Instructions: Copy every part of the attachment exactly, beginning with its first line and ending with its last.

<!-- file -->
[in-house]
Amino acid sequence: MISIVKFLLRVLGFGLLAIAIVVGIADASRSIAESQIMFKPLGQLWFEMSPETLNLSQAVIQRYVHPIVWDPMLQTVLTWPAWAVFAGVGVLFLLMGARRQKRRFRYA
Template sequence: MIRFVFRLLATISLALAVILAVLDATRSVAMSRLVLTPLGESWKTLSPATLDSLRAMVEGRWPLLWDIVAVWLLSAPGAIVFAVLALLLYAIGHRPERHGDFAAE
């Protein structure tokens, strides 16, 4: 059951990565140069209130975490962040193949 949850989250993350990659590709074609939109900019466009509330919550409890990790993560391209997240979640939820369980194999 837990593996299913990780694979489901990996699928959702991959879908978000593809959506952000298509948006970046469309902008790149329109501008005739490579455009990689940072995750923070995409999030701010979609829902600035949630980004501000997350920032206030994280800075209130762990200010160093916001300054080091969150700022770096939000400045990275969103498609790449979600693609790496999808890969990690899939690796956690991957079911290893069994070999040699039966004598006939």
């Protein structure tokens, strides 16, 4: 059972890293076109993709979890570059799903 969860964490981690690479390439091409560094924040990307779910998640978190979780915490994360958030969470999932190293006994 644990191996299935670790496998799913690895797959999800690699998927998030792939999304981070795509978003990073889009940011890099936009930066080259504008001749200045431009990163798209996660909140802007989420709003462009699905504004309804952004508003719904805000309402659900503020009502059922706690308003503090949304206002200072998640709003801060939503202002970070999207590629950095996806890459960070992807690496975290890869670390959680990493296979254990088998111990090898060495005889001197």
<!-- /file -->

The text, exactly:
[in-house]
Amino acid sequence: MISIVKFLLRVLGFGLLAIAIVVGIADASRSIAESQIMFKPLGQLWFEMSPETLNLSQAVIQRYVHPIVWDPMLQTVLTWPAWAVFAGVGVLFLLMGARRQKRRFRYA
Template sequence: MIRFVFRLLATISLALAVILAVLDATRSVAMSRLVLTPLGESWKTLSPATLDSLRAMVEGRWPLLWDIVAVWLLSAPGAIVFAVLALLLYAIGHRPERHGDFAAE
């Protein structure tokens, strides 16, 4: 059951990565140069209130975490962040193949 949850989250993350990659590709074609939109900019466009509330919550409890990790993560391209997240979640939820369980194999 837990593996299913990780694979489901990996699928959702991959879908978000593809959506952000298509948006970046469309902008790149329109501008005739490579455009990689940072995750923070995409999030701010979609829902600035949630980004501000997350920032206030994280800075209130762990200010160093916001300054080091969150700022770096939000400045990275969103498609790449979600693609790496999808890969990690899939690796956690991957079911290893069994070999040699039966004598006939």
């Protein structure tokens, strides 16, 4: 059972890293076109993709979890570059799903 969860964490981690690479390439091409560094924040990307779910998640978190979780915490994360958030969470999932190293006994 644990191996299935670790496998799913690895797959999800690699998927998030792939999304981070795509978003990073889009940011890099936009930066080259504008001749200045431009990163798209996660909140802007989420709003462009699905504004309804952004508003719904805000309402659900503020009502059922706690308003503090949304206002200072998640709003801060939503202002970070999207590629950095996806890459960070992807690496975290890869670390959680990493296979254990088998111990090898060495005889001197």